There is nothing more exciting than the moment a new leader is announced. Employees Google the new CEO while wondering what they will do to change the organization.
A new leader brings new ideas. She or he offers a new vision. They may even help the organization imagine better ways to remain relevant and thrive in the future.
How often new CEOs arrive, their tenure, and the rate at which they succeed in achieving a new vision or fail to meet board expectations have been well-reported and even studied in academia — the results are stunning.
Two out of five new CEOs fail to meet their objectives in their first 18 months, according to some estimates. Even CEOs who thrive in their first 18 months average 8 years in the job, down from the global 9.5-year average in 1995. Tenure is still shorter for CEOs of large-cap companies where the average is 7.2 years. The outlook is grimmer for outside CEO hires, who take twice as long to ramp up as those promoted from within. C-suite executives report that only one in five CEOs hired from outside are considered high performers at the end of their first year, while nearly half leave within the first 18 months.
Such systemic failure has nothing to do with competence, knowledge, or experience, but instead ties to how the CEO transition was orchestrated and whether major steps were missed.
Everyone is accountable for CEO transitions
THRUUE has worked with dozens of CEOs in transition, and the stakes are always incredibly high for both the organization and the reputation of the incoming CEO. While it does not guarantee success, a programmatic approach to new executive transition can increase the odds and shorten the timeframe in which success is likely to be achieved. Peter DiGiammarino, CEO, professor, author, and chairman of THRUUE’s board of directors, recommends objectives that hold an entire leadership team accountable for the success of the inbound CEO. This is critical because a CEO without leadership team cohesion is like a moon without a planet.
The objectives outlined below are easy to read but often difficult to achieve without previous experience, diligence, and sustained focus. For a successful transition, these goals should be to:
- Raise the incumbent leadership team’s individual and collective consciousness as to what the entering executive seeks to accomplish and her/his definition of success in the first six months, first year, and beyond.
- Turn incumbent executives from observers to stakeholders so their energy, wisdom, insights, and ideas are channeled constructively and can contribute to (rather than evaluate) success.
- Accelerate the entering executive’s learning curve and integration into the organization’s leadership network.
- Promote interest in and commitment to the entering executive and her/his vision for the organization’s future.
We have organized what we have learned about CEO transitions into four key program areas on which incoming CEOs should focus. Each works toward accomplishing the above goals and, when implemented, increases the probability of success.
These areas are:
Vision: Define what you seek to do (change vision) and translate this vision into a reality your team can understand, appreciate, internalize, and commit to doing their best to achieve.
Alignment: Secure leadership team cohesion and alignment around a shared plan to achieve the vision.
Accountability: Establish a clear, unambiguous rhythm of accountability.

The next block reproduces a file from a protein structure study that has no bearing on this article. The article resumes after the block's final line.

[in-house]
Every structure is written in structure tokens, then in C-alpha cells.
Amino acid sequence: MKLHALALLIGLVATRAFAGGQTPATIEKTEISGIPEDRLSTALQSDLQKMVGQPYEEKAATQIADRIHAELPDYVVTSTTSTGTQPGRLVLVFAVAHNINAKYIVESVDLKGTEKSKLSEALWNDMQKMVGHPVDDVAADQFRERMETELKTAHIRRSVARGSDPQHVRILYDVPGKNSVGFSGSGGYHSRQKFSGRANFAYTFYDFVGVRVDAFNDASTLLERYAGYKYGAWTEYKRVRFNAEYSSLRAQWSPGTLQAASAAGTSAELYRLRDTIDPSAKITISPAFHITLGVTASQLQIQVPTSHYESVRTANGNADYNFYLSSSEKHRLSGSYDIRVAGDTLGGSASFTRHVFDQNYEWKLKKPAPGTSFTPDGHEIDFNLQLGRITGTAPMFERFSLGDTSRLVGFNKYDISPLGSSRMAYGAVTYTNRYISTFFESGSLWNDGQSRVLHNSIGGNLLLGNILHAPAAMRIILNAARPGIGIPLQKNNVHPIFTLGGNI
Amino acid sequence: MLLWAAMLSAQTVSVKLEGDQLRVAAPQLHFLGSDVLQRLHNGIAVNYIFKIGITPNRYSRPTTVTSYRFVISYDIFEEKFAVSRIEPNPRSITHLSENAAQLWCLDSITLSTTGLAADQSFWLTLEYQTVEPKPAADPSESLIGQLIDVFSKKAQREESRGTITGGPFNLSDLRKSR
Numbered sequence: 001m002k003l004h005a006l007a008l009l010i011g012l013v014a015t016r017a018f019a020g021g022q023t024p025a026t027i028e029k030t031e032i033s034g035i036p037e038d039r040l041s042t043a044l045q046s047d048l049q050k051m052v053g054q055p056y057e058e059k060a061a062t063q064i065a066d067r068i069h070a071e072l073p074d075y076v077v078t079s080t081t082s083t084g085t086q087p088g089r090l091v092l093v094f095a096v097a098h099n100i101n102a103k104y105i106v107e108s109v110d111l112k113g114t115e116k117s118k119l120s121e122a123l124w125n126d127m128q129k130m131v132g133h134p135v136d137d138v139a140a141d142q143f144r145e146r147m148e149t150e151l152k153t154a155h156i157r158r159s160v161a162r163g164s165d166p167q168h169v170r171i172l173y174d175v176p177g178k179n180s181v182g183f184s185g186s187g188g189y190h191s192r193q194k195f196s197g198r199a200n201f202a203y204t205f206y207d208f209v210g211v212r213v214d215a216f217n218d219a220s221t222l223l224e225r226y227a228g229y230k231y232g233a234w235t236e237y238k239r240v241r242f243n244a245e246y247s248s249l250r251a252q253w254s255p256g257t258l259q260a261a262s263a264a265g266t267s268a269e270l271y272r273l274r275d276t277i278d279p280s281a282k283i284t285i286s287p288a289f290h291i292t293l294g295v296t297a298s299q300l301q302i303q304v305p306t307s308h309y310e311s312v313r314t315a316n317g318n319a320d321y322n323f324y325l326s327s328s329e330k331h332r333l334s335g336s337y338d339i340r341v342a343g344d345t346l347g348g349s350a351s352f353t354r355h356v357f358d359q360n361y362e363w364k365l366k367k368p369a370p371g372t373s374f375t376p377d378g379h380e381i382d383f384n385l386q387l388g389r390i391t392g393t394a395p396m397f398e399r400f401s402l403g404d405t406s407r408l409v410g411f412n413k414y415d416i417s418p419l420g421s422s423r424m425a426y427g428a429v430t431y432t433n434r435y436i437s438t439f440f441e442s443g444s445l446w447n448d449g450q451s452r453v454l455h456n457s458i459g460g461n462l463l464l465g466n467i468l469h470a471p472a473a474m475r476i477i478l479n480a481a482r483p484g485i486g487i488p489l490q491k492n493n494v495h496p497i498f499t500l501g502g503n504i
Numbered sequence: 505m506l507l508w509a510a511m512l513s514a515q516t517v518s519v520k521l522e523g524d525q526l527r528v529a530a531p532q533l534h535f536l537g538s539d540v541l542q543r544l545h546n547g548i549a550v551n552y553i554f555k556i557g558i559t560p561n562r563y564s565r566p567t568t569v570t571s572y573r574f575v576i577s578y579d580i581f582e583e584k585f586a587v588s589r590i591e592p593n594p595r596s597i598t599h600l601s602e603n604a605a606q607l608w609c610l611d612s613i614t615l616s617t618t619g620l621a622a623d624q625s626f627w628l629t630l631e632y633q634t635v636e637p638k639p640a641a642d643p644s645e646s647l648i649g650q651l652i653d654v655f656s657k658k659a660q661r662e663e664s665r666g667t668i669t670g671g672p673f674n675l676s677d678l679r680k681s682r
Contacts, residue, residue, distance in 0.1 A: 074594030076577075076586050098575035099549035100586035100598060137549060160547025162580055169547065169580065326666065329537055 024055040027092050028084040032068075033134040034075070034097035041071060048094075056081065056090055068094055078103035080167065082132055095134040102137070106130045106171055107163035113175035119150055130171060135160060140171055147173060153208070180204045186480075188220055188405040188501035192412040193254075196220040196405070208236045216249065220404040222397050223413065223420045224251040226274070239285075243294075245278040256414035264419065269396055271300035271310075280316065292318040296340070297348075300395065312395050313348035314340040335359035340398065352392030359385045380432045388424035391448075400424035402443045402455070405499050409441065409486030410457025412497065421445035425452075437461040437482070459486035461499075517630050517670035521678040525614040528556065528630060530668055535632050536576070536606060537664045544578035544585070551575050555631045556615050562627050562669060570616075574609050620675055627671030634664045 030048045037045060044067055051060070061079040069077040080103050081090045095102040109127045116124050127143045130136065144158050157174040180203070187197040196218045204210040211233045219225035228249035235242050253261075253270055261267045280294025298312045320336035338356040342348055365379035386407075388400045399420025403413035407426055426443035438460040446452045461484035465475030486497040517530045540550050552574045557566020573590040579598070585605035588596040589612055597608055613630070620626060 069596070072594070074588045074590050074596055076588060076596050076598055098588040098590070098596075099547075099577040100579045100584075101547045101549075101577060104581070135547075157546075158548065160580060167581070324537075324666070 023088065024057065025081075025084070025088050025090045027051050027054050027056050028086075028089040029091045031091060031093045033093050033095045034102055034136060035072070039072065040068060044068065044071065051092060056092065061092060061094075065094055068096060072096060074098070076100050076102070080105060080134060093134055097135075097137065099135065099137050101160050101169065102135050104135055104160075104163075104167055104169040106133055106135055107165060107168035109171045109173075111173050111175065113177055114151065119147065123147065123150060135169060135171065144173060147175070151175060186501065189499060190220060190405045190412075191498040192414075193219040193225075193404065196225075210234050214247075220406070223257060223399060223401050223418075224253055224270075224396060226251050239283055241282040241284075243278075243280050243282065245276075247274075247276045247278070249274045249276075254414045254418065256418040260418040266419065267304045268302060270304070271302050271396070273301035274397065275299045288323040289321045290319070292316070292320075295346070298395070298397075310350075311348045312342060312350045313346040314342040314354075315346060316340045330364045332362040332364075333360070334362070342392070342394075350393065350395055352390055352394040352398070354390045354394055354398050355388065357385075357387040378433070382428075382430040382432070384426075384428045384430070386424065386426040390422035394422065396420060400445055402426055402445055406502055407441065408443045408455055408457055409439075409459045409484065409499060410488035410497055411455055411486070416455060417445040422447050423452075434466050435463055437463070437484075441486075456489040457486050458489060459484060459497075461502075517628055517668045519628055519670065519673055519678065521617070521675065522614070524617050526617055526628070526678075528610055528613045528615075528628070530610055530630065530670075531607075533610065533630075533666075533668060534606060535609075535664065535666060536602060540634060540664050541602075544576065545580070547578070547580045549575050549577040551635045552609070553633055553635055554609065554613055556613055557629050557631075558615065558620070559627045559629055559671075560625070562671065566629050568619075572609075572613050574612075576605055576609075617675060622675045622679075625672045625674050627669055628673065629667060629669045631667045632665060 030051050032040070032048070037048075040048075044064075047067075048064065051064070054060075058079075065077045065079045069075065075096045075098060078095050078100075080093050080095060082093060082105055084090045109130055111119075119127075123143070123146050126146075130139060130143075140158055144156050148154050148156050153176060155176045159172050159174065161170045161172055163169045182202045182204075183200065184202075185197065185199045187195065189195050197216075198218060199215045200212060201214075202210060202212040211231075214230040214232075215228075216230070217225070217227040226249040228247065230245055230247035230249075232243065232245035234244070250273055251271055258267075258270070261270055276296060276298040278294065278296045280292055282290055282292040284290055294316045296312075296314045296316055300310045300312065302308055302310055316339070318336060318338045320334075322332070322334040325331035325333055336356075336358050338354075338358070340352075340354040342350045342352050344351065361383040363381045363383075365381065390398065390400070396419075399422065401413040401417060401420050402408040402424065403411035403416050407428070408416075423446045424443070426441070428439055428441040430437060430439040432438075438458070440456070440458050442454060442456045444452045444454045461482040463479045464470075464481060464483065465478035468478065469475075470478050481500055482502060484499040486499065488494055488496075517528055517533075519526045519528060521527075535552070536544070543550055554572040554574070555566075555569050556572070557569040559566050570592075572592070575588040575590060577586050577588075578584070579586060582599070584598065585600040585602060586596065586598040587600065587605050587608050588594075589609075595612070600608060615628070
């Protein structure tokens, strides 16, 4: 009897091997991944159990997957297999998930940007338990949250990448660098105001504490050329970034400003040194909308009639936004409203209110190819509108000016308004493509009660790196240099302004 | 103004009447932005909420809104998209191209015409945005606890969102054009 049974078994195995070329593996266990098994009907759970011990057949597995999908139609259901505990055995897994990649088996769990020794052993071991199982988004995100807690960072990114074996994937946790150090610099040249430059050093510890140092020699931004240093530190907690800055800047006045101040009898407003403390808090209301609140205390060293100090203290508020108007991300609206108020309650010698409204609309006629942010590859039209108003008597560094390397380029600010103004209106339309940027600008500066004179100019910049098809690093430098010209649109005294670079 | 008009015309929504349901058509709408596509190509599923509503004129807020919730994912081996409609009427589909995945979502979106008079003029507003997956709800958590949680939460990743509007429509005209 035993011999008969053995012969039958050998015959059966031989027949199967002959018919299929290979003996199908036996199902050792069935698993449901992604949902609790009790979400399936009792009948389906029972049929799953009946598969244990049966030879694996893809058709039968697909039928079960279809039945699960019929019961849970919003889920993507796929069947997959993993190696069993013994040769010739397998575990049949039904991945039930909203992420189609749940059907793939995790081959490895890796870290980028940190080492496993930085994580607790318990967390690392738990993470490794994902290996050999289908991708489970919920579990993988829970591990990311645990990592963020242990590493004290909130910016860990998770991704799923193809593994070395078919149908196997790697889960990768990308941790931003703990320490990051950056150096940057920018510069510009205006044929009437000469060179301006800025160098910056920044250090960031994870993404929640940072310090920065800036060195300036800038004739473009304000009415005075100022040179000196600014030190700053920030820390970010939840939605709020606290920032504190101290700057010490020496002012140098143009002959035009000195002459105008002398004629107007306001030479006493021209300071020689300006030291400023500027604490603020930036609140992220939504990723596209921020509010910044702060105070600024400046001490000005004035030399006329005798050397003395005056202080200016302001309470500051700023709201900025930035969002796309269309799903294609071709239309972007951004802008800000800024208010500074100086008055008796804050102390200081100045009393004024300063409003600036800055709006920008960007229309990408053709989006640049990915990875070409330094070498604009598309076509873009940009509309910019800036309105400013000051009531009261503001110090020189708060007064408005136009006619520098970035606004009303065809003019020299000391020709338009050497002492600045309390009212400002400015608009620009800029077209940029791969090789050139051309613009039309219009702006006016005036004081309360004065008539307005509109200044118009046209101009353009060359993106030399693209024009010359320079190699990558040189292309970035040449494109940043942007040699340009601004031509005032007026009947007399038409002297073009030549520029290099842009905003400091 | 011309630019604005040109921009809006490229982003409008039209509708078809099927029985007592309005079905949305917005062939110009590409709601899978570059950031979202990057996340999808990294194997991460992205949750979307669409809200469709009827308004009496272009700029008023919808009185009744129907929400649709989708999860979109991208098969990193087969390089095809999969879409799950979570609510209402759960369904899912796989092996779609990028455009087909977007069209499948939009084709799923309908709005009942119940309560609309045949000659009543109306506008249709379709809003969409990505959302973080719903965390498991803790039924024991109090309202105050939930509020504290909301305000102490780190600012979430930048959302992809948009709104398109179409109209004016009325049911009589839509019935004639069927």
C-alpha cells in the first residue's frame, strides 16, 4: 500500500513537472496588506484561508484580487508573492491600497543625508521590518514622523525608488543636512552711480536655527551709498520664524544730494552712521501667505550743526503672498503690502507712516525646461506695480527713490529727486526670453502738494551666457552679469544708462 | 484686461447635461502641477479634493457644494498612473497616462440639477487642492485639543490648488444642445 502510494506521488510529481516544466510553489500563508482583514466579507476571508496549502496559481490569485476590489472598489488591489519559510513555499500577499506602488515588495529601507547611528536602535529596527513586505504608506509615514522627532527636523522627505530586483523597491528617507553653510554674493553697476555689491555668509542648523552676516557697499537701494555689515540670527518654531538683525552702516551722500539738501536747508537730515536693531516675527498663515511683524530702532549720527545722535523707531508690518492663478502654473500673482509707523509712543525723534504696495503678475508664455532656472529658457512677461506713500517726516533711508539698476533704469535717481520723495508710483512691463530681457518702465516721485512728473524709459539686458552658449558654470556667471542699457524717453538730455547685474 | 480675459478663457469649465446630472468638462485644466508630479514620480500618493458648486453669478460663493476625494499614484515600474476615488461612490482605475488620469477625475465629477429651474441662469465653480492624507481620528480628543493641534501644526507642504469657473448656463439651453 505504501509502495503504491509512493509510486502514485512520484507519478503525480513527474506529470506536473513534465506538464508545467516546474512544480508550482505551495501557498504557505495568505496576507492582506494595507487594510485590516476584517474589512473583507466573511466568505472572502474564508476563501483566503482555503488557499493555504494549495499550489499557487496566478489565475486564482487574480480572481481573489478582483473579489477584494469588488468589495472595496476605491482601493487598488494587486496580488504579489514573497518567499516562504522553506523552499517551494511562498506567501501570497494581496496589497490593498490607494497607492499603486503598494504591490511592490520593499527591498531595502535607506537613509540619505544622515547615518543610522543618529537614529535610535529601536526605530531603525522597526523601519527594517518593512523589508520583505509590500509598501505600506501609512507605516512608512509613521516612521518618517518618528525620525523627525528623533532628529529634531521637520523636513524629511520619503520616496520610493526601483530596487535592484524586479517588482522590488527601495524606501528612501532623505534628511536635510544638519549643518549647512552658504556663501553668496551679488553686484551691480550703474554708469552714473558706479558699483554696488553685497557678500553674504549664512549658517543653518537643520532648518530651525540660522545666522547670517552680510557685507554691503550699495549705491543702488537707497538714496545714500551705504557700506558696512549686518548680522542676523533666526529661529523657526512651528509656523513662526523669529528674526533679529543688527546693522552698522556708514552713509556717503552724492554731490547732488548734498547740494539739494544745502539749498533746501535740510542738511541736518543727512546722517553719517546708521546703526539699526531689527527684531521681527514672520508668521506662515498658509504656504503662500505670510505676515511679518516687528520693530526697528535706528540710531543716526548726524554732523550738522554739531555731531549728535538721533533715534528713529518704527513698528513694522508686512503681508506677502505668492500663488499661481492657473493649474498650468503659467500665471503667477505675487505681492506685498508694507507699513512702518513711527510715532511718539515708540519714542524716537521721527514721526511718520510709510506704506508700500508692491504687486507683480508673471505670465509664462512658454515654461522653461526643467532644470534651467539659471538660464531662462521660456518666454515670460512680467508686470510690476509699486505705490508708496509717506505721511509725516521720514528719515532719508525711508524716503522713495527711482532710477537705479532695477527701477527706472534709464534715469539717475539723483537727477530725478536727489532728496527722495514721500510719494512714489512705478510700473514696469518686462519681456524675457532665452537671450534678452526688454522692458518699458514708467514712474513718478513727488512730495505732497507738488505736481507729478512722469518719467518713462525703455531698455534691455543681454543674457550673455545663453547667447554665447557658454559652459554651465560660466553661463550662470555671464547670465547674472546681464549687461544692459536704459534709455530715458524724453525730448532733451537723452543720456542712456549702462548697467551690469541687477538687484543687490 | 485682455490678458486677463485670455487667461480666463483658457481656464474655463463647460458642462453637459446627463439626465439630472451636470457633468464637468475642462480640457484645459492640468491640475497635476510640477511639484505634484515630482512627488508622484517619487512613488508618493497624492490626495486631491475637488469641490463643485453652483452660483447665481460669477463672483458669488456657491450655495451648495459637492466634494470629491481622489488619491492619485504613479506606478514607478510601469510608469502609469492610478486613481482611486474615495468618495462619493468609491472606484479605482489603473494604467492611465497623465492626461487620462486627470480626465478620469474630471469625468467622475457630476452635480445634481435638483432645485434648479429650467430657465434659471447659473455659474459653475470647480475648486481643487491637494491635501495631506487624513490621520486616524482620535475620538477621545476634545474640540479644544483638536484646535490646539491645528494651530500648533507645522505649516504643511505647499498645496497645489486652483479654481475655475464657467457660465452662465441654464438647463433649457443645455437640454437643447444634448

Culture: Get a baseline picture of the culture you have inherited, formally or informally, using measurement techniques. An inherited current culture has the ability to enable or disable every vision and strategy you and your leadership team seek to achieve no matter how experienced and talented you are.
Translating change vision into reality
Transitioning from a vision sold to the board in the interview process to on-the-ground traction and reality is one of the first steps for an incoming leader, and it begins with asking the right questions.
THRUUE has guided dozens of new CEOs to answer and act upon the following series of questions, which results in action and enables a successful CEO transition. Entering executives should not only answer these questions but also explicitly gain leadership team alignment around them — a critical yet often overlooked step in a CEO transition.
Vision to action questions:
- As the new CEO, what do you need to rapidly learn about the organization and its people, history, and culture to validate or enhance your vision?
- Do all or some members of the current leadership team share your vision, and how much time will you commit to gaining alignment and cohesion?
- How will you listen to the voice of the entire organization? (Asking the right questions at your first all-staff meeting — what is most important NOT to change, what do you most look forward to changing, and what will make that change difficult — is imperative.)
- What was the previous CEO’s vision for the organization, and how can you build on it or chart a new course without re-litigating past mistakes?
- How will you bring the voice of your customers or key constituencies into the vision? How will you make time to meet with customers so their input is woven into the change agenda?
- How will you co-create an 18-month plan (focus areas, work streams) with the leadership team to achieve the first steps toward your vision? (New leaders must define tangible first-year milestones that show clear progress toward the vision. If nothing is written down and agreed upon, then leadership team members will likely self-synchronize to old ways and priorities.)
- How will you align and communicate with dozens, hundreds, and possibly thousands of employees around the shared vision? (In our experience, leaders and leadership teams under-communicate their vision for the organization by an order of magnitude of ten.)
- What role will the board play in enabling your change vision, and what are their expectations for change and strategy that must be factored in?
The above questions assume both the new CEO and the organization fully understand and can answer why their organization exists and why anyone should care. If you don’t know your “why,” “mission,” or “purpose,” then your vision will be rudderless. We encourage new CEOs to ensure the organization’s “why” is clear and compelling. If it is not, they must convene a session with leaders and the board in the first 120 days to define the “why” and ensure the mission is clear.